60While there are a few things that will make for a smooth Divine Liturgy, for me, having a good loaf of prosforo is clutch. The rub is is that everyone’s grandmother has her own recipe (and a lot of them call for 2 rises so it takes longer), seals vary greatly, and flour behaves only so well depending on the relative humidity, so sometimes priests can get a smooth-topped loaf which then needs a seal cut into it, a major interruption as we are preparing for service.

We had a weekly prosfora baking rota at the school where we’d make dozens of loaves, and they would come out perfect every time. But the recipe was a 25 lb. bag of flour, a whole cake a yeast, and so on. I tried like the dickens to reduce it down to a 2lb. loaf recipe. Sometimes it worked and sometimes it didn’t, emphatically.

If you know me at all you know I’m really interested in bread baking, and one day I was making lean dough for baguettes, and it hit me: lean dough is just a wetter dough with more yeast. I took my lean dough recipe and just reduced both the water and yeast content. From there I haven’t looked back. Recently my wife expressed her desire to learn how to make prosfora so I will always have a loaf for Sundays, no matter what. So I taught her a month or so ago.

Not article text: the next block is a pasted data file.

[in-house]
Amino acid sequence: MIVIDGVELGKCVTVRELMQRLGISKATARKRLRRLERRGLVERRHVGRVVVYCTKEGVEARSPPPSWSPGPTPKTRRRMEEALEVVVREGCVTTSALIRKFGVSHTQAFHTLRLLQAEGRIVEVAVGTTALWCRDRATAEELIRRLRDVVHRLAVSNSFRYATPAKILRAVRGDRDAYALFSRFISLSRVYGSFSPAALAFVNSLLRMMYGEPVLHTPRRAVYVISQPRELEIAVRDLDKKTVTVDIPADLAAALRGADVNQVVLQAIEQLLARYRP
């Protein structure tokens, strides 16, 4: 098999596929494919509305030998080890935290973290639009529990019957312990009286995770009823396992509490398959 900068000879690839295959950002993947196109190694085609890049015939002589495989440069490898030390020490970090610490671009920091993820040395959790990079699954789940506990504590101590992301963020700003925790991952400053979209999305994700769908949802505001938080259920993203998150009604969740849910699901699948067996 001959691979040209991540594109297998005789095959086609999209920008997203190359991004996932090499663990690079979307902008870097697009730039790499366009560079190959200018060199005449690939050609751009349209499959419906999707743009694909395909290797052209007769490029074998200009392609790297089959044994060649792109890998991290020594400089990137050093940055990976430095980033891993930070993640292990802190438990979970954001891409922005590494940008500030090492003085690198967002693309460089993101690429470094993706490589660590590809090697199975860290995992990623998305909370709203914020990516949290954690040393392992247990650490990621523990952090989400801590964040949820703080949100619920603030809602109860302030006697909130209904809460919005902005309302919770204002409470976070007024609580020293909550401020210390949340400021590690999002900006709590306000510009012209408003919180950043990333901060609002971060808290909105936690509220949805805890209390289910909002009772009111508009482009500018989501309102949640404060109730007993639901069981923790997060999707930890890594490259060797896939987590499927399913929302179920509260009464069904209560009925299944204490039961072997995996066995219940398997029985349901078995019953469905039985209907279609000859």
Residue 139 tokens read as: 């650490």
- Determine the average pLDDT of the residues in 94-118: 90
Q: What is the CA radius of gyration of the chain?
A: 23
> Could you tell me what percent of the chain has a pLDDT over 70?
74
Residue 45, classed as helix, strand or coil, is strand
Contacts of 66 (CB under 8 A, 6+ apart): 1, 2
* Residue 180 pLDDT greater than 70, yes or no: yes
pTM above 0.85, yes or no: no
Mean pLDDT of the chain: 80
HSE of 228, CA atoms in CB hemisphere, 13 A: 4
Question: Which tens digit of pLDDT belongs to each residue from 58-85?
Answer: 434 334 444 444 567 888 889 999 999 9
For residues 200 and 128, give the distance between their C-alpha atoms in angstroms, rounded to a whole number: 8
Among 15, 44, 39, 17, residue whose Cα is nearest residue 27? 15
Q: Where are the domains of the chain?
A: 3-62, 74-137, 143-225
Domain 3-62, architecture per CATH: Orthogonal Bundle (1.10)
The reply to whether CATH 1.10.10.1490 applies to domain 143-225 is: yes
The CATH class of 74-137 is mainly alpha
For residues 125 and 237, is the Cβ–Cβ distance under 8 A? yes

Yesterday my wife made a really gorgeous loaf after changing one of my steps and I shared it around, and she shared it around, and people were asking what she did. So, without further adieu, here’s how you can make communion bread, from start to finish, in about an hour:

Fr. Matthew’s Prosfora Recipe

Ingredients

  • 5C all purpose flour
  • 1/2tsp dry active yeast
  • 1TB coarse kosher salt
  • 1C warm water (about 95 degrees) of which you shouldn’t use entirely

Method

  1. Add flour into a mixing bowl
  2. Add salt and yeast on opposite sides of the bowl and mix each of them into the flour a little with your finger so they don’t touch
  3. Add less than the 1C of warm water.
    1. It’s important to note here that the key here is as little hydration as possible. I find 3/4C works really well, but you could start with a 1/2C and go from there.
    2. This is just filler text because I was taught in grade school I needed at least 2 points in sub points.
  4. Use your dough hook attachment and let the mixer run on its lowest speed for 10-12 minutes.
    1. Yes, 10-12 minutes. The more you knead dough the smaller the air holes get. When I’m making baguette dough I’ll mix for maybe 3 minutes maximum so when I bake it I’ll get those big air pockets.